Published in 2017 ASEE Annual Conference & Exposition Proceedings, June 24, 2017.
Can be found at https://peer.asee.org/28131
Successful faculty applications to teaching/undergraduate institutions can be difficult for doctoral students transitioning directly from a research-intensive engineering program. Oftentimes, these prospective faculty members have limited opportunities to engage in engineering education research, to serve as a primary instructor for a lecture course, or to receive adequate mentoring to prepare them for the environment of a teaching/undergraduate institution.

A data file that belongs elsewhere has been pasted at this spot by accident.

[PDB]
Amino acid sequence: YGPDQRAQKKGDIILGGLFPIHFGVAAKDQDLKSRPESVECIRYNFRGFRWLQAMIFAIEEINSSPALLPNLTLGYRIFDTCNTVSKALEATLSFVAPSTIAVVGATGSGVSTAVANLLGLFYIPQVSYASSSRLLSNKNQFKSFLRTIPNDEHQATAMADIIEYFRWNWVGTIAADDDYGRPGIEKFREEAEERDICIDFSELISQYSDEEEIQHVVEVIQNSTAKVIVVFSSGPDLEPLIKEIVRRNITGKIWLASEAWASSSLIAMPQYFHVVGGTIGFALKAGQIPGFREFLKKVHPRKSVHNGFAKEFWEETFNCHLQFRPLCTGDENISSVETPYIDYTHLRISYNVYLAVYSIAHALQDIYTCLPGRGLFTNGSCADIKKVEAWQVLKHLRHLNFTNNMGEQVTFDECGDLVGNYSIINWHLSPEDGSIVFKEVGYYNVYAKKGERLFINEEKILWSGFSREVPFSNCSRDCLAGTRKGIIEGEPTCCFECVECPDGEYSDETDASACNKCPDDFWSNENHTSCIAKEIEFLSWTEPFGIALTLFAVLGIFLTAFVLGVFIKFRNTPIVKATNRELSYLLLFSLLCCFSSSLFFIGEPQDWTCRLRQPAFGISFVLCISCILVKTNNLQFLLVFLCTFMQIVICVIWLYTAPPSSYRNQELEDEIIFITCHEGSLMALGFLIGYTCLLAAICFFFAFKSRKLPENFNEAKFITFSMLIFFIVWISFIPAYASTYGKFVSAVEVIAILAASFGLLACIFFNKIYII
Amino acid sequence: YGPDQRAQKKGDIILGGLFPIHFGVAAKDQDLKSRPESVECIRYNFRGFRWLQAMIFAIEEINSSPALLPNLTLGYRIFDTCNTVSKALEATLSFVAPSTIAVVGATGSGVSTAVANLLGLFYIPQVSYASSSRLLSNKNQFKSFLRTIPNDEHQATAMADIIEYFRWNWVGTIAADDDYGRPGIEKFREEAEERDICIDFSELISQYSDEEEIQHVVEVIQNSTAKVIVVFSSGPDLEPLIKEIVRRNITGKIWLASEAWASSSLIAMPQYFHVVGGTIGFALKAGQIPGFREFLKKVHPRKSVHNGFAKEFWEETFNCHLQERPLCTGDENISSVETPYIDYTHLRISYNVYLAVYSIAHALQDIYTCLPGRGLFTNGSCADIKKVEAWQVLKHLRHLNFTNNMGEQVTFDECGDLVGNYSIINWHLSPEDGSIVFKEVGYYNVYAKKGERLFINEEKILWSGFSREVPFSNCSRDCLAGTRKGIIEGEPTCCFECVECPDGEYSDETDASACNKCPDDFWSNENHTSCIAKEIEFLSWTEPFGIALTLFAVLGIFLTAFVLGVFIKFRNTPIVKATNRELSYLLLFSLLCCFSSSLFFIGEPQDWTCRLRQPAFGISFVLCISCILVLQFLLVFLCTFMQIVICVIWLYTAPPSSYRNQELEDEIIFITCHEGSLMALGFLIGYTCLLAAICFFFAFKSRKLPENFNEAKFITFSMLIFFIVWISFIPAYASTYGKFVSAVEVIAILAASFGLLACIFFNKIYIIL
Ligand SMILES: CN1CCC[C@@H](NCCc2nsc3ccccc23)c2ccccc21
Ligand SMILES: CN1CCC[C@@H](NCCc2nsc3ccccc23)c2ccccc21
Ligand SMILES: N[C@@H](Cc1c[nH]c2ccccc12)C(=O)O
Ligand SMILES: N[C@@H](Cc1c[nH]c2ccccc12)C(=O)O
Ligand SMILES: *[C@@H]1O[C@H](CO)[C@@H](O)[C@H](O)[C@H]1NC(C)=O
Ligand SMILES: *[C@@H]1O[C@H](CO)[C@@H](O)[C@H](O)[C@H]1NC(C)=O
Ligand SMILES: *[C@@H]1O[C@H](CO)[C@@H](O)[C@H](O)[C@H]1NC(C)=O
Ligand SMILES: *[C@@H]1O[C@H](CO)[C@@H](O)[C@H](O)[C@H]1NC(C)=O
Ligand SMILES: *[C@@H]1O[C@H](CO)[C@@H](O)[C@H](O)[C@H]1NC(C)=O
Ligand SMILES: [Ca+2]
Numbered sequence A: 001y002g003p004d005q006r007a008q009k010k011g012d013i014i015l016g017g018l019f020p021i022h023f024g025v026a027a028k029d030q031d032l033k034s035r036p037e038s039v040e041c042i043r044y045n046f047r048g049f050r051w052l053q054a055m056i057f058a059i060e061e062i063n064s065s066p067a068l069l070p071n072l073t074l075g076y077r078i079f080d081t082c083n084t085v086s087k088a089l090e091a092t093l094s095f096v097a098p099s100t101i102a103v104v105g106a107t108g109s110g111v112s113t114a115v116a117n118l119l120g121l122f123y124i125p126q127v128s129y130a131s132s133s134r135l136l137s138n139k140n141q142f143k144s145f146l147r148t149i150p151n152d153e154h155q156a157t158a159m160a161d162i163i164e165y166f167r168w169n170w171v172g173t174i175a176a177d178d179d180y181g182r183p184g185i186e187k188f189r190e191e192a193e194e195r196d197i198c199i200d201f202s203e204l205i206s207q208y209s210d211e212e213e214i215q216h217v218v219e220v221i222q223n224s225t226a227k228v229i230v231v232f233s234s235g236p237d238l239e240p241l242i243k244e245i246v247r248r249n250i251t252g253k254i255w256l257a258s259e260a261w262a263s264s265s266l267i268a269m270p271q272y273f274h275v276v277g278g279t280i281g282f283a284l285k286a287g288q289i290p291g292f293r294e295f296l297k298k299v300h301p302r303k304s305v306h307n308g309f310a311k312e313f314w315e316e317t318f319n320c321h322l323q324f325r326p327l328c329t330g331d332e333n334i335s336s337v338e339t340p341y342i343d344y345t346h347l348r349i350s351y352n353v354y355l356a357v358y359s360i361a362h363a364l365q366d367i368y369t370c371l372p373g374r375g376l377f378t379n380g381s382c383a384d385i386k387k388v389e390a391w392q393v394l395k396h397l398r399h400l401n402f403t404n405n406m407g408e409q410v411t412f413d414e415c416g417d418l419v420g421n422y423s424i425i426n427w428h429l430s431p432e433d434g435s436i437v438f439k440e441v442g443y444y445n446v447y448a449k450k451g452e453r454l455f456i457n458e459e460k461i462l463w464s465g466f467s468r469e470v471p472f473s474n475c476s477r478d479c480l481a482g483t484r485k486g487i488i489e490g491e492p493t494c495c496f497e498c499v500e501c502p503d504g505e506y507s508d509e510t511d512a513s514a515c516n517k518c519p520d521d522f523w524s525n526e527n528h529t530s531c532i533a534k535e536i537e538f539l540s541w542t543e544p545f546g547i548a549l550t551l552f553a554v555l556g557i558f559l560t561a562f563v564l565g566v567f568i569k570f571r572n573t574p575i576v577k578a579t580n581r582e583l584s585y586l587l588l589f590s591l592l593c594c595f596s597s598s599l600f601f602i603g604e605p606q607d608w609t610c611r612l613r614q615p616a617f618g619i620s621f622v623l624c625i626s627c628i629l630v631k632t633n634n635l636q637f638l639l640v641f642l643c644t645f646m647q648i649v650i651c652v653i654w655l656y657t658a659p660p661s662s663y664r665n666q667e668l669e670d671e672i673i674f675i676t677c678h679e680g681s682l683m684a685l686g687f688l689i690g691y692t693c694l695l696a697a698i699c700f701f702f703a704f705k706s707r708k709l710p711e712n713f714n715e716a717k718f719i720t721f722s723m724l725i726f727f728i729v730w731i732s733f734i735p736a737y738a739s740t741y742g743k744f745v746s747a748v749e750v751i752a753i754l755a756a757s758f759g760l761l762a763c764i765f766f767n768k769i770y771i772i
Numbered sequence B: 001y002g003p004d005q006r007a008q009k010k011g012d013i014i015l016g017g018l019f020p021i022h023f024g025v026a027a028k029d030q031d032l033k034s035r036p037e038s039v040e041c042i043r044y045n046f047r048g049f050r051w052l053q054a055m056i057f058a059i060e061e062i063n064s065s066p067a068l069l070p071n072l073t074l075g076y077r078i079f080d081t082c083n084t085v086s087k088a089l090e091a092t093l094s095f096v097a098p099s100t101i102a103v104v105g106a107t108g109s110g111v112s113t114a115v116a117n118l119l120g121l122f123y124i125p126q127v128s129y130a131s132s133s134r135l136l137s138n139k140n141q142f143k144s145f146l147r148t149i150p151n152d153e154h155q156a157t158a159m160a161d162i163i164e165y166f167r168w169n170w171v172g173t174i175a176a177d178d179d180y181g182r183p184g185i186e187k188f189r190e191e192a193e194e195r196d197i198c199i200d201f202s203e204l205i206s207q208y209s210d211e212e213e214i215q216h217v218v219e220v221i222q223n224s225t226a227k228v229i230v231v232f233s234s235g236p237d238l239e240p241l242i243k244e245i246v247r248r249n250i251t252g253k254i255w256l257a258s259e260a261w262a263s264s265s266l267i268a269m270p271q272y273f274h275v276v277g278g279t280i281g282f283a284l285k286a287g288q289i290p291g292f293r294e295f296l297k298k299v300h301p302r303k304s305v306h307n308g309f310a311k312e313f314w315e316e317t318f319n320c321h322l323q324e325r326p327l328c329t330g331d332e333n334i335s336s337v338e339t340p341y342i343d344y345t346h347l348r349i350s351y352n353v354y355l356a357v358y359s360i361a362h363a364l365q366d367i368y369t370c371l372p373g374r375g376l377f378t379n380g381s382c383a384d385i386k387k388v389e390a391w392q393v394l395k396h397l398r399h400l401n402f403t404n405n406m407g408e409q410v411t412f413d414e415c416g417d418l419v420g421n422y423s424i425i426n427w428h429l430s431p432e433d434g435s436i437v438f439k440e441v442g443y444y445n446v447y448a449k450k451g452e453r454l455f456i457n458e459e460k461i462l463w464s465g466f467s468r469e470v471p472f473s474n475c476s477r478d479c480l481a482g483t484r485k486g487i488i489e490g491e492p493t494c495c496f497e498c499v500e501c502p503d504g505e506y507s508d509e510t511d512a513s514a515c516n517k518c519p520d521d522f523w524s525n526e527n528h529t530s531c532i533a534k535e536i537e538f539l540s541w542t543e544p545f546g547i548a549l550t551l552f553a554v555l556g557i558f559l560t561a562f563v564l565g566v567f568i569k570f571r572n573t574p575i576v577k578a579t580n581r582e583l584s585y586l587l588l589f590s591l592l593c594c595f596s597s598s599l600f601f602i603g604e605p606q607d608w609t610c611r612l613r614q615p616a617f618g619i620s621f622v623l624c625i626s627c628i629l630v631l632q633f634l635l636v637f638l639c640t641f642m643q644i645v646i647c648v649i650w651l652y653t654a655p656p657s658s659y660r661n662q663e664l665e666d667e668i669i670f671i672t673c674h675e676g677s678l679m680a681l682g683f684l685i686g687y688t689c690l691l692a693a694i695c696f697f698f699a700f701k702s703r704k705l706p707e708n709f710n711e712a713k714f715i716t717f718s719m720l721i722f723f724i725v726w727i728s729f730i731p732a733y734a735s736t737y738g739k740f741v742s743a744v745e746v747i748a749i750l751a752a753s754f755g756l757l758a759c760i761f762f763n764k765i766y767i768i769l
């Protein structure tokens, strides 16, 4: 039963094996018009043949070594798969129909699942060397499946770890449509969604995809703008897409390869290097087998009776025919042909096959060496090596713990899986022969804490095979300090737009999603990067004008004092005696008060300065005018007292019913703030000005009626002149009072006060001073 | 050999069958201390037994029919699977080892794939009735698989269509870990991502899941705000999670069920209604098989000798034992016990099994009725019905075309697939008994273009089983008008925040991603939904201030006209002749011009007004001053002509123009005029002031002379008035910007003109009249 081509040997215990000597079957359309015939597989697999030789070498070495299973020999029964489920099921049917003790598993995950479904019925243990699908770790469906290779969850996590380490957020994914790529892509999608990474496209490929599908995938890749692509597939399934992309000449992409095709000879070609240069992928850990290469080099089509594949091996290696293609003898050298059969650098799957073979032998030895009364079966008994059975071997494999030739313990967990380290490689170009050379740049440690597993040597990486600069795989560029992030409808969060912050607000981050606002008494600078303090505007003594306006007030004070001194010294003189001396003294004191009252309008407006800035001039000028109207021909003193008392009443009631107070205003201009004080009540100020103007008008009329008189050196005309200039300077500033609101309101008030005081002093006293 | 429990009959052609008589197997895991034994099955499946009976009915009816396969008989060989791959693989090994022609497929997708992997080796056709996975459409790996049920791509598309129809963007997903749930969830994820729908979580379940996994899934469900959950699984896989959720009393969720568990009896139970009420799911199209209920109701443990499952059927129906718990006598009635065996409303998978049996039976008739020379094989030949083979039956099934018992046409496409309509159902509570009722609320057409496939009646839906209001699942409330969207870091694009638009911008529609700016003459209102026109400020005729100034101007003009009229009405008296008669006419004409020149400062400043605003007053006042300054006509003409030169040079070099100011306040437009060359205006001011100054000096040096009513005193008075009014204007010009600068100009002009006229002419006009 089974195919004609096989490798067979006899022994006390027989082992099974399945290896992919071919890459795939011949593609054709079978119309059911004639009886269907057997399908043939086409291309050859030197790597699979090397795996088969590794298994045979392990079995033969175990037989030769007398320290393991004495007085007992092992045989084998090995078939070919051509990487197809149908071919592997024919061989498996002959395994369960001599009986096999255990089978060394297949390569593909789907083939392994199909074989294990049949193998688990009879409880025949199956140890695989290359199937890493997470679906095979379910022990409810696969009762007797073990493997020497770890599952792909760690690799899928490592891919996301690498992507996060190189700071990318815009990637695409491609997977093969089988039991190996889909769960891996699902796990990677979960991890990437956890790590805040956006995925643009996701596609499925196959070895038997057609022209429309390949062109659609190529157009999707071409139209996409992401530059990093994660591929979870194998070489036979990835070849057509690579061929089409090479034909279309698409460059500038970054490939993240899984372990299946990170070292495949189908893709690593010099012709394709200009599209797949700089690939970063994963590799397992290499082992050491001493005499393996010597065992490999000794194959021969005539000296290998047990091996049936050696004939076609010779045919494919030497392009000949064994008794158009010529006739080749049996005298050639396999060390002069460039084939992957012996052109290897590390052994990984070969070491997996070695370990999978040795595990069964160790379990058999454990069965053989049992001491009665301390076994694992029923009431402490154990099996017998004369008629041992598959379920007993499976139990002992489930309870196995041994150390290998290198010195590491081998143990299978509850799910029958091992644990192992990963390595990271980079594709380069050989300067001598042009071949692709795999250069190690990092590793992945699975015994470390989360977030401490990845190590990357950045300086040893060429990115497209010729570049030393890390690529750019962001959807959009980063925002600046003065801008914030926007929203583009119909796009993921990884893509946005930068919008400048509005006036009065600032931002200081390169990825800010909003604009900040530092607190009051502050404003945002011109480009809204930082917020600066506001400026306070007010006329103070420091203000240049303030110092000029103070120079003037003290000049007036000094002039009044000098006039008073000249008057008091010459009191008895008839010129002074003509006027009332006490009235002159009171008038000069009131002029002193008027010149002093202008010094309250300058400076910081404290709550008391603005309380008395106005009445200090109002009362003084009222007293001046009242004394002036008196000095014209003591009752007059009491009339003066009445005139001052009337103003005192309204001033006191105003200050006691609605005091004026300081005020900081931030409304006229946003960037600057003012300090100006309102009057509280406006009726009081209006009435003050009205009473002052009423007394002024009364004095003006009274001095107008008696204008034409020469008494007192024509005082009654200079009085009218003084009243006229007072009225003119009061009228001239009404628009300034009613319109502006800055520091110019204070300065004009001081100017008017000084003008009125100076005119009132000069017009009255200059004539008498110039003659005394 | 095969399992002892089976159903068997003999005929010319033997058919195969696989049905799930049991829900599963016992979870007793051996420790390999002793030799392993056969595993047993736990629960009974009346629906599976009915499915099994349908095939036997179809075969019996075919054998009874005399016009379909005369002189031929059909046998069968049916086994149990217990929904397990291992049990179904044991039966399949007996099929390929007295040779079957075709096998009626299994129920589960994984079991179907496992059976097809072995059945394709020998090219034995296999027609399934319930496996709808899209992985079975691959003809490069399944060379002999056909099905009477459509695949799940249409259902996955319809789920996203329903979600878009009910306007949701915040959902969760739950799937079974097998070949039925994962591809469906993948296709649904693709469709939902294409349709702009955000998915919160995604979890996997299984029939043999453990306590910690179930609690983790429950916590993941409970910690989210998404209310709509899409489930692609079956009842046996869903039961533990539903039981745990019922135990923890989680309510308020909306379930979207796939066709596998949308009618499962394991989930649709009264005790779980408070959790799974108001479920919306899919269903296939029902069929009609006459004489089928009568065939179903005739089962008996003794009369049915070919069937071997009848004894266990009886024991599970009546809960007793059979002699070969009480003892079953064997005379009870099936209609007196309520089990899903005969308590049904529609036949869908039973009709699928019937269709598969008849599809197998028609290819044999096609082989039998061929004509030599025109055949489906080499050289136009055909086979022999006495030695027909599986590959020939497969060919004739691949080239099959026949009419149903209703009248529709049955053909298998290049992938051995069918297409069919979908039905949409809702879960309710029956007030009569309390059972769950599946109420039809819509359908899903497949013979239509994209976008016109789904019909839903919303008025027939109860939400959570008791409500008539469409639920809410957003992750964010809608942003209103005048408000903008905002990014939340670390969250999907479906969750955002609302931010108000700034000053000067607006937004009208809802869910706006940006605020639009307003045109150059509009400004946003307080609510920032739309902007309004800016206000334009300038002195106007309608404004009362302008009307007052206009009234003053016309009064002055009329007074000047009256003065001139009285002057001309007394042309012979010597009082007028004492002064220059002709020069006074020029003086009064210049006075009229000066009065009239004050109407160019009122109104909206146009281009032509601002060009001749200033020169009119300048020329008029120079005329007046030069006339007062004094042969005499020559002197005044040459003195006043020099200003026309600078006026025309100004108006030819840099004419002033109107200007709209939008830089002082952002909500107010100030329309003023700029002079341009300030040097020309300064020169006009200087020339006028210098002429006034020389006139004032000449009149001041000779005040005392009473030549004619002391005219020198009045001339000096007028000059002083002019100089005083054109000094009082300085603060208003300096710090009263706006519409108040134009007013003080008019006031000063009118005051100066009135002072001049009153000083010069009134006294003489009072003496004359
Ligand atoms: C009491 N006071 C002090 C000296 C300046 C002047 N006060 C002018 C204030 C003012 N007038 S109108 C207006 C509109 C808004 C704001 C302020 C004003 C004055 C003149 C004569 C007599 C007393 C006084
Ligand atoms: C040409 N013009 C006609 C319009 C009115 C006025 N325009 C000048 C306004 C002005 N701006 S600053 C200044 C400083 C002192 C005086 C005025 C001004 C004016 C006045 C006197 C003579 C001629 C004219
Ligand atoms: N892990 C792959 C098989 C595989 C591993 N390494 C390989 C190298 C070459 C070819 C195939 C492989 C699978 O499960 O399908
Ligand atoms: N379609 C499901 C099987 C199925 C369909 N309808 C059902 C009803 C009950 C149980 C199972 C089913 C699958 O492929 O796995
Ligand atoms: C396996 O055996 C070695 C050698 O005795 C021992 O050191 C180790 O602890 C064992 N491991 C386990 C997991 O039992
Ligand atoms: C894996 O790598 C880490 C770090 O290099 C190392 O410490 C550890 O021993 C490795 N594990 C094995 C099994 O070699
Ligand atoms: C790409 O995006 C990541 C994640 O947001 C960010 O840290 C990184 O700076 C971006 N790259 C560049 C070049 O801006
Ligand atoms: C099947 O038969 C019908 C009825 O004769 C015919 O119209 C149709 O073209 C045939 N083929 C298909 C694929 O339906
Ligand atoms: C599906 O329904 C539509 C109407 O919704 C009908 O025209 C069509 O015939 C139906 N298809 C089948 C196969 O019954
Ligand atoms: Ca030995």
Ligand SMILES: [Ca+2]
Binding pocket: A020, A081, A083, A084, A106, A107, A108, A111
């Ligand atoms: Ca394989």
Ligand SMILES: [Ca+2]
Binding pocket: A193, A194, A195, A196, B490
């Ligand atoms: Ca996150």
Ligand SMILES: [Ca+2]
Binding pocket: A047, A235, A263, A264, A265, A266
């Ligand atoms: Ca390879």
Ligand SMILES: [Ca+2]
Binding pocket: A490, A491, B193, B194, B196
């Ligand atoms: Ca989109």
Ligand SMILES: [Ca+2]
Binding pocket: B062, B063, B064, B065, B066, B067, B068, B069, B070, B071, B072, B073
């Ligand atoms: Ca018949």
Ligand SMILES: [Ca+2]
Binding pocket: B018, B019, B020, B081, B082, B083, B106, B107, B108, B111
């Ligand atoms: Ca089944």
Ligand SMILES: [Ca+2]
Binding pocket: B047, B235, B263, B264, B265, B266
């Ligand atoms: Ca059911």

This paper will highlight the lessons learned by a new faculty member at a top-ranked undergraduate institution (and recent doctoral candidate at a R1 research institution) about how students can build a comprehensive teaching portfolio outside of the traditional coursework and research path required for engineering doctoral degree. This paper includes a discussion of various approaches to leverage extracurricular, teaching-related activities that are available on a research campus.
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